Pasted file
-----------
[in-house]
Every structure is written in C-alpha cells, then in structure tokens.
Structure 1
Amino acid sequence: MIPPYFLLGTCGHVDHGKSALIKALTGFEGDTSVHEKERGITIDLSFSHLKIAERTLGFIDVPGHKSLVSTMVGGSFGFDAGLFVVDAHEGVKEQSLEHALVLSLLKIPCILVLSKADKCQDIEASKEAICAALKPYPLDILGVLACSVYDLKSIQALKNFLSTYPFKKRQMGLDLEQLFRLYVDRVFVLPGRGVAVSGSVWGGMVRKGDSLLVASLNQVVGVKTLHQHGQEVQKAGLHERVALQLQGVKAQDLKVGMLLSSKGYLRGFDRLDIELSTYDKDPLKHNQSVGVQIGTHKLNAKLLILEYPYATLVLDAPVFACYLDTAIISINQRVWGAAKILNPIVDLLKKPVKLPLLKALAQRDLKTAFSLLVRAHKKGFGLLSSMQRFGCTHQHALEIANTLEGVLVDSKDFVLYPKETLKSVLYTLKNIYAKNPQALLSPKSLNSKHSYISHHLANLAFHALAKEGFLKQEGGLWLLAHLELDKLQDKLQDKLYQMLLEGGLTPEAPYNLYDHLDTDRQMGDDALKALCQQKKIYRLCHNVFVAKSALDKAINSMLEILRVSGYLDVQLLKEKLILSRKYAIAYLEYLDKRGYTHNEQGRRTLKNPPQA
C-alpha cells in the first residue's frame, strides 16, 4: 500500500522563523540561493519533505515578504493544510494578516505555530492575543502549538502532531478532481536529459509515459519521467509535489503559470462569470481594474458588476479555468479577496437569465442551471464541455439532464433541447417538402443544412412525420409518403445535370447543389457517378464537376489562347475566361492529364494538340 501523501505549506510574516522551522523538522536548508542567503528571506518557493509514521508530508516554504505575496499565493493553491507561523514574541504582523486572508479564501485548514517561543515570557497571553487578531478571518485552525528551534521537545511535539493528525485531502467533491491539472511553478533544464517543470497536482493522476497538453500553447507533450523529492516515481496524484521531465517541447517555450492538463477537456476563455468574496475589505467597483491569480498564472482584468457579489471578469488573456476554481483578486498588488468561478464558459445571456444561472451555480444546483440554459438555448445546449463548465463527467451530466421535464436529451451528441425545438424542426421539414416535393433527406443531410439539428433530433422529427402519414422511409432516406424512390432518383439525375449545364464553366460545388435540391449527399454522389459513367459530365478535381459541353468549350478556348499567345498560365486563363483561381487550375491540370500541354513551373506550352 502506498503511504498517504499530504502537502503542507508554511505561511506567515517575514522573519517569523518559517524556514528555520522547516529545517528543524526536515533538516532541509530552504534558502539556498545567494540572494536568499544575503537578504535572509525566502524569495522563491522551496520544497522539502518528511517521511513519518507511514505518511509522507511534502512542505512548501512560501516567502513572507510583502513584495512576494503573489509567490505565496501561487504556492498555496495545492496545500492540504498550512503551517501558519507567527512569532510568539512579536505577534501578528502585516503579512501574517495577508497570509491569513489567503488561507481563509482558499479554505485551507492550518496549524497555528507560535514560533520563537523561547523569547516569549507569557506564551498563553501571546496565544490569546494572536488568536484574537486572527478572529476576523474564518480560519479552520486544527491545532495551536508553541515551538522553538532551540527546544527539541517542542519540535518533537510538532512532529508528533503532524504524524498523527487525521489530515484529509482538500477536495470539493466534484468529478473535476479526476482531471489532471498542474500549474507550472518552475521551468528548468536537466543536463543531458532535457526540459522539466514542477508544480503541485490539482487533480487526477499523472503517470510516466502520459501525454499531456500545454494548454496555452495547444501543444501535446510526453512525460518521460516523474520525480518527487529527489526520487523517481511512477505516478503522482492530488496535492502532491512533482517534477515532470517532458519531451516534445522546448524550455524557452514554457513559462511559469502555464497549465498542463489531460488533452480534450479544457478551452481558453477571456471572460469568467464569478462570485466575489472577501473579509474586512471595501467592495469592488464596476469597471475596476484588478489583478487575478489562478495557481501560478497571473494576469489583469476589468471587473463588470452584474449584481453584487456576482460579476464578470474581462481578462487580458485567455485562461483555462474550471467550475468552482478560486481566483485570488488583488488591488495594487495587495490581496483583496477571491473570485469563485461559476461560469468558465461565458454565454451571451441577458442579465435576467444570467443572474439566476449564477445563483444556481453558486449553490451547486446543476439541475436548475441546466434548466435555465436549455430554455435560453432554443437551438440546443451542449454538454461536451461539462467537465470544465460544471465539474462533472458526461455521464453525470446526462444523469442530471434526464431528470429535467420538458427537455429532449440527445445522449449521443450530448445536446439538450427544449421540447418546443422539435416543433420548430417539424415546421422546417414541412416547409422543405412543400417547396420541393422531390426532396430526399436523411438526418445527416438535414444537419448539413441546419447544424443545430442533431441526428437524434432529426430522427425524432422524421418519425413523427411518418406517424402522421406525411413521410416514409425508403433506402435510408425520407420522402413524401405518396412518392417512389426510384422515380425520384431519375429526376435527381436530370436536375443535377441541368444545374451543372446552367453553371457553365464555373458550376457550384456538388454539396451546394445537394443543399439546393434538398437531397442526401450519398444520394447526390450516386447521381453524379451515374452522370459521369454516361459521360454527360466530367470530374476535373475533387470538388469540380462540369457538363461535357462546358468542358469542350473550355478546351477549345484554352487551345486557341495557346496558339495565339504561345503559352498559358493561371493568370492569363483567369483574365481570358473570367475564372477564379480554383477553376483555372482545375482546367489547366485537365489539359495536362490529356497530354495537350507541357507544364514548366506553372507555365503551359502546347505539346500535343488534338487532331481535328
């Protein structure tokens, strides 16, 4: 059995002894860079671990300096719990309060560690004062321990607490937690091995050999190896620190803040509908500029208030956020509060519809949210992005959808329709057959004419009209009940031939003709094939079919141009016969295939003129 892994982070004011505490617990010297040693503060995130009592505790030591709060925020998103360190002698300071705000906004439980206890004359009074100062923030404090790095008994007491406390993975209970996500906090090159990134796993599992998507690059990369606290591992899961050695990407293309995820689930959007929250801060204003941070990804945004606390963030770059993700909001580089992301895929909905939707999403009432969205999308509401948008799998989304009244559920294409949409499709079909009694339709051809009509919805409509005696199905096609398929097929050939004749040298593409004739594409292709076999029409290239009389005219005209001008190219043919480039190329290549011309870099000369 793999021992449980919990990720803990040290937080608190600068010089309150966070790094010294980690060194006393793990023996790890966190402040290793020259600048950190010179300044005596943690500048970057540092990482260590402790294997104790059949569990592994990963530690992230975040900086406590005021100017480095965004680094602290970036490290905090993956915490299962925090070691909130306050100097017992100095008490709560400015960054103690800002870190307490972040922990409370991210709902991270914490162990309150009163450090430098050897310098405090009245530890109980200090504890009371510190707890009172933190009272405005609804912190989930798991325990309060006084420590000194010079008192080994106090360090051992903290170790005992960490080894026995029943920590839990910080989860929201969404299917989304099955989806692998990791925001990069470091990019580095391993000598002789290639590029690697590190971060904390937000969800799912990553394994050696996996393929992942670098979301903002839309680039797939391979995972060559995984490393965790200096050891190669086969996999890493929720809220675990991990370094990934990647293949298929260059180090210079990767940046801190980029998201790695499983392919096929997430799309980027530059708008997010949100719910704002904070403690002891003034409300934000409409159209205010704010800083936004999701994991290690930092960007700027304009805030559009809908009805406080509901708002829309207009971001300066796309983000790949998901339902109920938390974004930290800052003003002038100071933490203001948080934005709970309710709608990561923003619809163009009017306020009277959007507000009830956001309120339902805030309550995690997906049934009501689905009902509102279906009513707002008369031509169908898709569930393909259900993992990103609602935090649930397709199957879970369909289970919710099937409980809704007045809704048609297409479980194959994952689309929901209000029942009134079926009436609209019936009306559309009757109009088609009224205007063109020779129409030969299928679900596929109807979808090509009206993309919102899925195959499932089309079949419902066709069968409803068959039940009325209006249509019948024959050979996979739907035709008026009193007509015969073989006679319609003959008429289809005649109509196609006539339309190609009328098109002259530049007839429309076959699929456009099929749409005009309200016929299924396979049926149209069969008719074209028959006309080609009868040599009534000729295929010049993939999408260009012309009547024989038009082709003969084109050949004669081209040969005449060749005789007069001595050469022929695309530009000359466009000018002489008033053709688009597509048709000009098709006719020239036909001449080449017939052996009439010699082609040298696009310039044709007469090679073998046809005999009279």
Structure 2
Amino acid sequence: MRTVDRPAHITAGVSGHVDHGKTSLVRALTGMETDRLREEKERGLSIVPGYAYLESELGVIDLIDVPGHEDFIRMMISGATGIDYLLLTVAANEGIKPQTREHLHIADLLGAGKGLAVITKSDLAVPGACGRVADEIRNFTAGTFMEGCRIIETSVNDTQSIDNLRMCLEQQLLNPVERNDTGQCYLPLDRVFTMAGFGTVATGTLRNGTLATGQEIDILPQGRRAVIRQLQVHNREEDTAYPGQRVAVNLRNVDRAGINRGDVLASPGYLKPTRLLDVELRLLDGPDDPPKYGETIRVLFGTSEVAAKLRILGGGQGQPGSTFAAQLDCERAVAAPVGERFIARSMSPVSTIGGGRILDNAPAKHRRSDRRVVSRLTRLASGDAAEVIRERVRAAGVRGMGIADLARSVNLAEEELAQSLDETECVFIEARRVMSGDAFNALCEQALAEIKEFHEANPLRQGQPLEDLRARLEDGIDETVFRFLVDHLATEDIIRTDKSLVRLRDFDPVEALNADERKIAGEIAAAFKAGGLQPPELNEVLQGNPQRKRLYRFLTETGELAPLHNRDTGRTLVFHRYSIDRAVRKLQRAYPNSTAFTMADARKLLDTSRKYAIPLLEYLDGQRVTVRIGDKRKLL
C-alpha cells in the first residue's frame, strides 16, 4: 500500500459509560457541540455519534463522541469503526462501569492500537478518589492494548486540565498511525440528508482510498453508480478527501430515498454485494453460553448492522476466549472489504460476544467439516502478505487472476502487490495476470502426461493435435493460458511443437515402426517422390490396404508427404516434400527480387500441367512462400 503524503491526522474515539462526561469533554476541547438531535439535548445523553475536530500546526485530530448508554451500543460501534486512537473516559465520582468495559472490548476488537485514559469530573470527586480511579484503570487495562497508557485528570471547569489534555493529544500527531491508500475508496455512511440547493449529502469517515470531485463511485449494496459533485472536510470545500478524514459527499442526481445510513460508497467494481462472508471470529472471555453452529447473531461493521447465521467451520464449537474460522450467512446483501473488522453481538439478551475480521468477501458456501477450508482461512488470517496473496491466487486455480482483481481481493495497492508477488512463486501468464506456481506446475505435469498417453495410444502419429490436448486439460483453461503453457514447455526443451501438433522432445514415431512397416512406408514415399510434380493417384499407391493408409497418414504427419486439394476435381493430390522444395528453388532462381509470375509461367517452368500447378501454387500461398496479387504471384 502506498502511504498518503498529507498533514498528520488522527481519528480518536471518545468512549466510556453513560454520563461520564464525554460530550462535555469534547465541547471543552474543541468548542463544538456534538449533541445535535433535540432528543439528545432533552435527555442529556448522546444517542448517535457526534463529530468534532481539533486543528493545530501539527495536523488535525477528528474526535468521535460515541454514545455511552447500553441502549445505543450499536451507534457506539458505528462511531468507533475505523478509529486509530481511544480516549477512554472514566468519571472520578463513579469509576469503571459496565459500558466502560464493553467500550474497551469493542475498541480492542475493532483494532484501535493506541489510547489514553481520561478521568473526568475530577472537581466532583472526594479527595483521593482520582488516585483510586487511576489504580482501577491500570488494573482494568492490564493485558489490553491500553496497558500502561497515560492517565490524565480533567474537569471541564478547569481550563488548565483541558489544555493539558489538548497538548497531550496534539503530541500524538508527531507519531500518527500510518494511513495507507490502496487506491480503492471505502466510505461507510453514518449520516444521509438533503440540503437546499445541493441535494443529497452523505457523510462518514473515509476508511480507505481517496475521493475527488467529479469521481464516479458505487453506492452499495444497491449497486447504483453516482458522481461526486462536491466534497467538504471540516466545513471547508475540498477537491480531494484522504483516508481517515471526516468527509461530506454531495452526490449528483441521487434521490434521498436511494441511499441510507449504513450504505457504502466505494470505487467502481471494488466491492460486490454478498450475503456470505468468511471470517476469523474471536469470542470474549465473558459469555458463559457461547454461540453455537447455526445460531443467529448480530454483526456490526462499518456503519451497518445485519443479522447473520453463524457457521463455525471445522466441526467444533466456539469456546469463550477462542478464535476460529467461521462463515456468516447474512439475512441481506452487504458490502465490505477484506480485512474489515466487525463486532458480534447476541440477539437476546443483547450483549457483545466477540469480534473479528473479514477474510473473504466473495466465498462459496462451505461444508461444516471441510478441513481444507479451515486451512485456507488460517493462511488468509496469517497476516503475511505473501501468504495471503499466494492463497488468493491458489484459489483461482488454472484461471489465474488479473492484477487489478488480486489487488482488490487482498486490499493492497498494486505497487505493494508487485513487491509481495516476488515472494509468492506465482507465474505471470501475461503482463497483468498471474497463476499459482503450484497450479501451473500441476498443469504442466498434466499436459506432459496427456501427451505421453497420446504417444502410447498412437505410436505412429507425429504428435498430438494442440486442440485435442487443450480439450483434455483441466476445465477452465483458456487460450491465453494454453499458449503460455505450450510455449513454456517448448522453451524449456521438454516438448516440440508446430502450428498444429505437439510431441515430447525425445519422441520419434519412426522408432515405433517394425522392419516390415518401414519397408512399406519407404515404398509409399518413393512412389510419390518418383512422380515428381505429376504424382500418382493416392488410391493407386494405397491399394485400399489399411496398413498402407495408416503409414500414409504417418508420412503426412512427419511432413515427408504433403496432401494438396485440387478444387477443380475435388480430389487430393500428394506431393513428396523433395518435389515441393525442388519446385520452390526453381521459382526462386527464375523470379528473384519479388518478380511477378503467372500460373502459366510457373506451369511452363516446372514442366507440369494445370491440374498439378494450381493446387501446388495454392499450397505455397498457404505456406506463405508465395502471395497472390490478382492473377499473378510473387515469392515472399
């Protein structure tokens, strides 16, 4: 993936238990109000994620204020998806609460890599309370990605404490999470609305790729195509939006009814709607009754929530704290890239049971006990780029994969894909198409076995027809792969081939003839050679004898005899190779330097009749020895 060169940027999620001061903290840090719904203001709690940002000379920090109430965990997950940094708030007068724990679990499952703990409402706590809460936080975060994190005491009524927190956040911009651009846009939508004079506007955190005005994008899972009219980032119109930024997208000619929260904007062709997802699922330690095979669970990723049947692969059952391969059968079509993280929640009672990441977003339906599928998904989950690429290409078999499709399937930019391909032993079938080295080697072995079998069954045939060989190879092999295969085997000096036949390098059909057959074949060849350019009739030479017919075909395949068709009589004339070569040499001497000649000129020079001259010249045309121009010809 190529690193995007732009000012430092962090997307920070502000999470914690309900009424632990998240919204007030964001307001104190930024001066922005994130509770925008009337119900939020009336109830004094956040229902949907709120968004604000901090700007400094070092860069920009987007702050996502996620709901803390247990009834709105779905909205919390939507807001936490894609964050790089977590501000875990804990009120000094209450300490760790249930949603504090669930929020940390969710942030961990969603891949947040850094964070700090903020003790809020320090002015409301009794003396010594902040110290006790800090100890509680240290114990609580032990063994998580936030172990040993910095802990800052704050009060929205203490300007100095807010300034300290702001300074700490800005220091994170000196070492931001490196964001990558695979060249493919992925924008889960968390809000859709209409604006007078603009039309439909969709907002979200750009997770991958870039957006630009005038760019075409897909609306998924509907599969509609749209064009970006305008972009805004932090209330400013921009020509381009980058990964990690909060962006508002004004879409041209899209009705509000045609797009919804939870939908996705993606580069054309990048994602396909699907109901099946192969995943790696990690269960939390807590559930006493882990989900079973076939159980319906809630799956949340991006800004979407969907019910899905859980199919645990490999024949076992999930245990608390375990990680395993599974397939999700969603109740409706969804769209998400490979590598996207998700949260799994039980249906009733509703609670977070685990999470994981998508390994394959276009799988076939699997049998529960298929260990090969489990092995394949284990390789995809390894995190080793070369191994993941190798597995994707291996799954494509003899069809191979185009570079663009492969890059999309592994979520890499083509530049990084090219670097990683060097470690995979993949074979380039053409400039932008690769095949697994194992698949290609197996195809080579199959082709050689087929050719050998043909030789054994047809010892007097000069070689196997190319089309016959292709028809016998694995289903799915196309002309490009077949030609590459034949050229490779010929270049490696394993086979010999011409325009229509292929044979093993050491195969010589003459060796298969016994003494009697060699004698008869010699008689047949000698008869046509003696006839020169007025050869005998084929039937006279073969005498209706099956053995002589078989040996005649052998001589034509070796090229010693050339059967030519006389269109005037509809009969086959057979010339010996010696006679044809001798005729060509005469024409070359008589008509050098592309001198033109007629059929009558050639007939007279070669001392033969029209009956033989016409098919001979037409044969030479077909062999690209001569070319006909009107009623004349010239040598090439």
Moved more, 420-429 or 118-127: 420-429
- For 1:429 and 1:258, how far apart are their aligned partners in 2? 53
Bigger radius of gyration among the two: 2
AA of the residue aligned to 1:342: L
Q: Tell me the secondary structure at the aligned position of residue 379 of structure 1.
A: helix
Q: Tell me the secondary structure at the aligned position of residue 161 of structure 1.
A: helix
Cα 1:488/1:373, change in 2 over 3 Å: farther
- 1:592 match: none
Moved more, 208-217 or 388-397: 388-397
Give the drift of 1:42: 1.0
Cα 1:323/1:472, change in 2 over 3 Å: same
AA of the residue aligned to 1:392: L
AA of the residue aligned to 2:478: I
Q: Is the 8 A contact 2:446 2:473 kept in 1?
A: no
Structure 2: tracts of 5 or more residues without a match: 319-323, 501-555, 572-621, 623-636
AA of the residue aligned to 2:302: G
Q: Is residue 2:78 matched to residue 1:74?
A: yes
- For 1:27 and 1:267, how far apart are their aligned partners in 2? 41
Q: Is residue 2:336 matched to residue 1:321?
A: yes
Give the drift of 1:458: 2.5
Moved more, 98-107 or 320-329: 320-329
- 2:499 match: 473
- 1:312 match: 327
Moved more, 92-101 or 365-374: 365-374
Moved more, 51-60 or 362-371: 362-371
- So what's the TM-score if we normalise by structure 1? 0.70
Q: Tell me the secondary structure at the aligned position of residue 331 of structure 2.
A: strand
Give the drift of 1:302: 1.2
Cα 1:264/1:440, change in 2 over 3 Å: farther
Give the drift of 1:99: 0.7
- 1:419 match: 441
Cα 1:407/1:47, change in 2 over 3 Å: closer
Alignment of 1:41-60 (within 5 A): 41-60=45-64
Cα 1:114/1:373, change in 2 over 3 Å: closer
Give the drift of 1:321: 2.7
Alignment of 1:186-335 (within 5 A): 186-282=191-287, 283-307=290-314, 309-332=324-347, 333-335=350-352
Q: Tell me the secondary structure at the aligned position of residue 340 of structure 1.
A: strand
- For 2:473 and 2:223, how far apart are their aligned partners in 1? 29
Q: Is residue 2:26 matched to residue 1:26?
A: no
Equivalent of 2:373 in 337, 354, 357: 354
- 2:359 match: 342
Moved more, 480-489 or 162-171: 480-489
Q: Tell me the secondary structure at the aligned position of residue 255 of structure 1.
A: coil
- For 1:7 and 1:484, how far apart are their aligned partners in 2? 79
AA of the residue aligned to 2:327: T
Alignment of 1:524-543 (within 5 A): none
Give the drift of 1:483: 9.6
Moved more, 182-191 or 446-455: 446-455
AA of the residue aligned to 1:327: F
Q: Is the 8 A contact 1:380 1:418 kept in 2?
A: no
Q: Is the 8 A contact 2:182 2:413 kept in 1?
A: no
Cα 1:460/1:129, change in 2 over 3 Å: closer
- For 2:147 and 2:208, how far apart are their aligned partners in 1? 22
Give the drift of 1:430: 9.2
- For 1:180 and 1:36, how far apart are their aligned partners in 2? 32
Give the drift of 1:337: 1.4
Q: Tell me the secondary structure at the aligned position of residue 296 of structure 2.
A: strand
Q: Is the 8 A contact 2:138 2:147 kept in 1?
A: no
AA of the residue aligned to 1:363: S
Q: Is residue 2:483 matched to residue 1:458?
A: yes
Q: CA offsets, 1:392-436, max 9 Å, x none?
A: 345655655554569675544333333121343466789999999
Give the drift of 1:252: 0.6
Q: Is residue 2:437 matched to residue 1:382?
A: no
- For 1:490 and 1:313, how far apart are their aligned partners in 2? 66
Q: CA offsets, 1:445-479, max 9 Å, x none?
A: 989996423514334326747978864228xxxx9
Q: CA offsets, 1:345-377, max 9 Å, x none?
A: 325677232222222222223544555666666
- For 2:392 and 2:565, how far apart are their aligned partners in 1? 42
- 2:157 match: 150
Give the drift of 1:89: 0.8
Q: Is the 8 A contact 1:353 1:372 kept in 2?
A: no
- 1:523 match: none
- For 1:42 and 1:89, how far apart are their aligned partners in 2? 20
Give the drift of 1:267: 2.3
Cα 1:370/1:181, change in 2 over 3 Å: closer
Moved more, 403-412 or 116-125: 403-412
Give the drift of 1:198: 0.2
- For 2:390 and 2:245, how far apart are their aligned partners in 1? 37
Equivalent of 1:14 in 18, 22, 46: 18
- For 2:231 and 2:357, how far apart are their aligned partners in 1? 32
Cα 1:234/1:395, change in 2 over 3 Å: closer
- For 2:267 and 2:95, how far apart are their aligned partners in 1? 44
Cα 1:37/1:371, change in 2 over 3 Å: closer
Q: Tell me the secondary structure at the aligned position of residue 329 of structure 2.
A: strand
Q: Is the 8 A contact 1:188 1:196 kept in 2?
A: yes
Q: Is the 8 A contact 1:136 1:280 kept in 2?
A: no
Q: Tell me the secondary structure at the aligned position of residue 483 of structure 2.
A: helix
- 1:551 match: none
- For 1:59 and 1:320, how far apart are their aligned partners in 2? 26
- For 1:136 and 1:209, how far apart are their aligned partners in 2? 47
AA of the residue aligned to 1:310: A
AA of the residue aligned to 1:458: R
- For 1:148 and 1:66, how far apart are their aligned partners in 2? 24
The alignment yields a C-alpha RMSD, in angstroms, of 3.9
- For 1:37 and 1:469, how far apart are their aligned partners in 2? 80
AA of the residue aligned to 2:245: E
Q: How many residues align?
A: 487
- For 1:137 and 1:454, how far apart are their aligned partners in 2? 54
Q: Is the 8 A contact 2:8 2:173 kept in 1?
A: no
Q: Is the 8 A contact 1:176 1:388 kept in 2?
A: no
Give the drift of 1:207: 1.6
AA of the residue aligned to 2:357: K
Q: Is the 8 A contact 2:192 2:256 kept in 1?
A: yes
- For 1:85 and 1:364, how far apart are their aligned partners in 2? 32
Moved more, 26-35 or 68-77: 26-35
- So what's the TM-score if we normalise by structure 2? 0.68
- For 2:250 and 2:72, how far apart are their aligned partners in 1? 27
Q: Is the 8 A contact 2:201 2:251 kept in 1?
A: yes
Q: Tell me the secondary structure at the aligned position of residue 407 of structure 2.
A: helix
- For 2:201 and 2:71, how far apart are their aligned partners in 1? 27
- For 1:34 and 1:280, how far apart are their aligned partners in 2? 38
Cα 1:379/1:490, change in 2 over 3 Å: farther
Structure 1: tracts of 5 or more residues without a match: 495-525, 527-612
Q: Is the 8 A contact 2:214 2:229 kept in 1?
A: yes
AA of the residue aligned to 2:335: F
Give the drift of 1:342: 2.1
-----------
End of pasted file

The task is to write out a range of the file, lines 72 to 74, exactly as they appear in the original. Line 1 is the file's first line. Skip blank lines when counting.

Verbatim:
A: no
Cα 1:460/1:129, change in 2 over 3 Å: closer
- For 2:147 and 2:208, how far apart are their aligned partners in 1? 22